Don Heinonen relying on city government knowledge in Ward 5 race
Don Heinonen, a 57-year-old fleet shop manager, is making his second bid for the Bemidji City Council's Ward 5 seat in a short time frame. He also ran for the position in 2020.
BEMIDJI -- Just over a year after falling short against former Bemidji City Council member Nancy Erickson, Don Heinonen is gearing up for another shot at Ward 5.
This week, the 57-year-old shop fleet manager filed to run for the open Ward 5 seat on the Bemidji City Council . A graduate of Northwest Technical College, Heinonen has been a resident of Bemidji for 38 years and has run for city office in several election cycles.
In 2014, Heinonen was defeated by Dave Larson, 2,512-1,077 for the council's At Large seat. In 2016, Heinonen ran against Erickson and was edged out 682-664. Heinonen made another attempt at the At Large seat in 2018 but was defeated by the late Jim Thompson, 2,234-2,194.
In the 2020 race for Ward 5, Erickson won 797-637. It was her third consecutive win and her fifth overall. Erickson served on the council from 2000-2008 and was elected back to the governing body in 2012.
On Sept. 8, though, Erickson resigned from her position on the city council. In a letter, Erickson wrote, "the council is moving Bemidji in fundamental directions that I can't support. I am no longer able to effectively represent our citizens with confidence."
With the Ward 5 seat once again up for an election, Heinonen saw fit to run for office again. If elected, Heinonen said his knowledge of current city issues will make him able to get work done from day one.
"I feel I have the expertise because I've been involved with city government stuff for nearly 20 years," Heinonen said. "I've been at nearly every council meeting for 14 years, I'm aware of what's going on, all of the ins and outs, and I'm on a first-name basis with nearly all of city staff."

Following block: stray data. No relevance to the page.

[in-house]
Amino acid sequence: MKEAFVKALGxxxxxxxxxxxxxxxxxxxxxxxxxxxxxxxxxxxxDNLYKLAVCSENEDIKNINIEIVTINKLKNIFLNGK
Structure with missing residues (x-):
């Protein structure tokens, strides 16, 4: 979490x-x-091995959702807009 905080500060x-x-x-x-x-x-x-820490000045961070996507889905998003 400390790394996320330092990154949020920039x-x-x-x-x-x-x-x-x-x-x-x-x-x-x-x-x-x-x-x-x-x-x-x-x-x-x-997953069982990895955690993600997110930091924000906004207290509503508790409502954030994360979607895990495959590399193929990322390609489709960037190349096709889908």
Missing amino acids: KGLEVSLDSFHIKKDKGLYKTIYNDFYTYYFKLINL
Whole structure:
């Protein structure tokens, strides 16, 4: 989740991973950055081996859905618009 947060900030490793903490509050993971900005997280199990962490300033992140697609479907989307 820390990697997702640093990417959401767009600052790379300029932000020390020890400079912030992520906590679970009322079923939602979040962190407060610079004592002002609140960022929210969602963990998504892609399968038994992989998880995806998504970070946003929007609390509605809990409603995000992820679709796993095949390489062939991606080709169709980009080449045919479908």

That aspect is especially important to Heinonen, as he said the ward needs a council member who knows about city issues from the start.
"We may not have a candidate seated until August," Heinonen said. "It will almost be a year then without representation for Ward 5. So, whoever's going to take that seat will have to have some really good knowledge to be able to get anything done with what's essentially a two-year term."
If he's successful in winning the Ward 5 seat, Heinonen said public safety will be a focus.
"I think the No. 1 priority we're seeing in our community is public safety," Heinonen said. "The amount of violent crime has really been increasing a lot. We need to try and figure out a way to curtail the activity that's going on. It's only in some neighborhoods right now, but it can spread, and we need to catch it before it does."
The city's tax policy is another area of concern for Heinonen, with the candidate arguing that it's too high.
"There's going to be an 8% tax levy increase this year," Heinonen said. "With the pandemic and everything else from the last year, we have a lot of people now on assistance and fixed incomes. My fear is people won't be able to afford their homes anymore."
The other candidates seeking the Ward 5 seat are Lynn Eaton, Bill Batchelder and Micaiah Graham. The filing period for the Ward 5 race closes Dec. 14.